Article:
Respiratory Health Association (RHA) was recently awarded funding in the form of a subcontract from the National, Heart, Lung, and Blood Institute (NHLBI), part of the National Institutes of Health, to help further the goals of the COPD National Action Plan to reduce the burden of COPD nationwide. This subcontract—one of just six awarded nationwide—is part of the NHLBI’s COPD Learn More Breathe Better® program and aims to conduct education and awareness activities around chronic obstructive pulmonary disease (COPD) and its risk factors.

The focus of RHA’s subcontract is on providing resources to informal family caregivers of people living with COPD. Through its work with the COPD community, RHA identified a significant gap in educational and support resources dedicated to COPD caregivers. COPD caregivers are often underprepared for the range of roles and tasks required in tending to a family member or friend with COPD. In response, RHA developed The COPD Caregiver’s Toolkit, a comprehensive resource based on input from caregivers, patients and health care providers.

“This subcontract is an exciting opportunity for us to help people living with COPD and their caregivers,” said Joel Africk, RHA’s President and Chief Executive Officer. “We are committed to advancing the goals of the COPD National Action Plan and we are thrilled to receive NHLBI’s support for our COPD community and surrounding regions.”

With this award, RHA will disseminate approximately 300 copies of The COPD Caregiver’s Toolkit through health care providers in Illinois, Indiana, Michigan, Ohio and Wisconsin in an effort to reduce the burden of COPD and improve disease treatment and management.

For additional information on the disease and the COPD Learn More Breathe Better program: COPD.nhlbi.nih.gov.

Visit https://www.nhlbi.nih.gov/health/educational/copd/subcontractors/subcontractor-program.htm to learn more about the community partner subcontractor program.

Dr. MeiLan K. Han Receives 2018 Solovy Award for COPD Research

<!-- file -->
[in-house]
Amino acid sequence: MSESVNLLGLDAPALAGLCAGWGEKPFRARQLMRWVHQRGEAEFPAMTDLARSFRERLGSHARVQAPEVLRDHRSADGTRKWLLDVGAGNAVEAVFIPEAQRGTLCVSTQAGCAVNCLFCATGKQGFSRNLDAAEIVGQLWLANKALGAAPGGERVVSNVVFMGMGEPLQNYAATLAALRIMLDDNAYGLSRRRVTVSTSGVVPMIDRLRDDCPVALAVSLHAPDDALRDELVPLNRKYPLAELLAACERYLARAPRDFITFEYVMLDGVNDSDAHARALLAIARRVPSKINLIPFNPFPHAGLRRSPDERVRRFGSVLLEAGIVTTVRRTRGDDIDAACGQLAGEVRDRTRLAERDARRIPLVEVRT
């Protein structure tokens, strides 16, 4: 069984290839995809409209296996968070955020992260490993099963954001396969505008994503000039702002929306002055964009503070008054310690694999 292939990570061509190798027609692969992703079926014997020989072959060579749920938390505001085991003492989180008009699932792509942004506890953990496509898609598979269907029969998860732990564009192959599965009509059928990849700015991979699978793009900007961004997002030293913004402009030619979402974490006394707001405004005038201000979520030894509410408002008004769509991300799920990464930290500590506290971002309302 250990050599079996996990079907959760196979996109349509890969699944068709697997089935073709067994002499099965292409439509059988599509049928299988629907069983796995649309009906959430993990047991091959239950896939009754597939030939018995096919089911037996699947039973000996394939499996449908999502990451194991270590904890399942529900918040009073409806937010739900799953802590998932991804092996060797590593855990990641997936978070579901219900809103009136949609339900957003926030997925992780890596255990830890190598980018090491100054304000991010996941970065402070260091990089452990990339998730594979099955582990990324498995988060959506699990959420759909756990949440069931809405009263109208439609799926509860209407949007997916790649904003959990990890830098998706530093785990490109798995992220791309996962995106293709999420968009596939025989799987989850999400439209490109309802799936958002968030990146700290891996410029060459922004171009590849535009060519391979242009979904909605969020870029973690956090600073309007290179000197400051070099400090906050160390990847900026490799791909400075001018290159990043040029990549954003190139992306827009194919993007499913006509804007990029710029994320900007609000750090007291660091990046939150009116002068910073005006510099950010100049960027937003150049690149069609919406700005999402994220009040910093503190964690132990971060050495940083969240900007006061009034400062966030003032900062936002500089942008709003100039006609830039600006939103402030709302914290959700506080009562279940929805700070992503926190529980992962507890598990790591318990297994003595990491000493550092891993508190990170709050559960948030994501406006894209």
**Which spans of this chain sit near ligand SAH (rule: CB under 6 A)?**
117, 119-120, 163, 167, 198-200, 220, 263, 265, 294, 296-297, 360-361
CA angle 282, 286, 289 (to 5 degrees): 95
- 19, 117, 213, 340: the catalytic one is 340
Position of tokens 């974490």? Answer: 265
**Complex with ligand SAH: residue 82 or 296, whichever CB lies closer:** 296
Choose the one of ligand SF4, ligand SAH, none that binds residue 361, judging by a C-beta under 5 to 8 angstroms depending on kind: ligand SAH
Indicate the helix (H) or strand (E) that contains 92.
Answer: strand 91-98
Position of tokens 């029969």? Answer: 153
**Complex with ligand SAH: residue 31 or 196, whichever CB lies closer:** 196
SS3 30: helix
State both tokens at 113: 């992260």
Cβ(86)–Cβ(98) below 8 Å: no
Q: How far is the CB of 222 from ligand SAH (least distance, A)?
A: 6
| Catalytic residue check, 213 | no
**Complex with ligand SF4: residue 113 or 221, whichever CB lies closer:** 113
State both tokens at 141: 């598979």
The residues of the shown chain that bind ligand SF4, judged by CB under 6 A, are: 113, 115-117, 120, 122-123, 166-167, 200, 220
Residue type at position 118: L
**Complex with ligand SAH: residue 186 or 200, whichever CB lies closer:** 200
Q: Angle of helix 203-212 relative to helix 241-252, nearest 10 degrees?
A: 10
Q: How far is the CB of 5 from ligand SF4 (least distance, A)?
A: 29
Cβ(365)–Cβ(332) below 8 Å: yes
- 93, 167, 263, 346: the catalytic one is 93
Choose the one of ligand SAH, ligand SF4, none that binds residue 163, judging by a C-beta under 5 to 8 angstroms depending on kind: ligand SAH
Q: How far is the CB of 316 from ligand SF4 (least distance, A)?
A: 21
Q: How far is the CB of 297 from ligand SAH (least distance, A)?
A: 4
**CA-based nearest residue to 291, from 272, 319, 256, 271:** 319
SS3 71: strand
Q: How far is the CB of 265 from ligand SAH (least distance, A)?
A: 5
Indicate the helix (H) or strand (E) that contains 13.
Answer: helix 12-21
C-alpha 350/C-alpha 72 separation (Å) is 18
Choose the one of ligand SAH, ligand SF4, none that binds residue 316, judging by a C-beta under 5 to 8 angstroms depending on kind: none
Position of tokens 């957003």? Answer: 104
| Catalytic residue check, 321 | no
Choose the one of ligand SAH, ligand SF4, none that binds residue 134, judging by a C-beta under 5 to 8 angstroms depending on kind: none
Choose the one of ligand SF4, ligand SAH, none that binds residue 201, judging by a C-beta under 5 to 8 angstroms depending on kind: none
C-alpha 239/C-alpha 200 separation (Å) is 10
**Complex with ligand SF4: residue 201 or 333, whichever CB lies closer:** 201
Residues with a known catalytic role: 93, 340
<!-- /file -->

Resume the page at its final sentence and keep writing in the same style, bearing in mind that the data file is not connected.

Respiratory Health Association (RHA) is pleased to name MeiLan K. Han, MD, MS, Associate Professor and Director of the Women’s Respiratory Clinic at University of Michigan Health System, as recipient of the 2018 Solovy Award for Advancement in COPD.

Two women holding the 2018 Solovy Award for Advancement in COPD.

Kathleen Hart Solovy presents the 2018 Solovy Award for Advancement in COPD to Dr. MeiLan K. Han on June 28, 2018.

Dr. Han has published nearly 200 publications on chronic obstructive pulmonary disease (COPD), particularly COPD in women and risk factors for acute exacerbations. Dr. Han serves on many national scientific advisory boards and is a member of the prestigious Global Obstructive Lung Disease scientific committee which is charged with developing an internationally recognized consensus on COPD diagnosis and management.

Dr. Han is devoted to ensuring the best COPD care is available to patients who need it. Dr. Han has inspired a large number of junior physicians to pursue careers in COPD research and direct care of people living with COPD. Dr. Han’s scientific work, commitment to her patients and impact on advancing COPD care embody the meaning of the Solovy Award.

The award was presented to Dr. Han by RHA board member Kathleen Hart Solovy as part of RHA’s year-end reception on June 28, 2018. Funding for the award is provided by the Kathleen Hart Solovy and Jerold S. Solovy Endowment for COPD.

New Family Caregivers Act Recognizes Important Role of Caregivers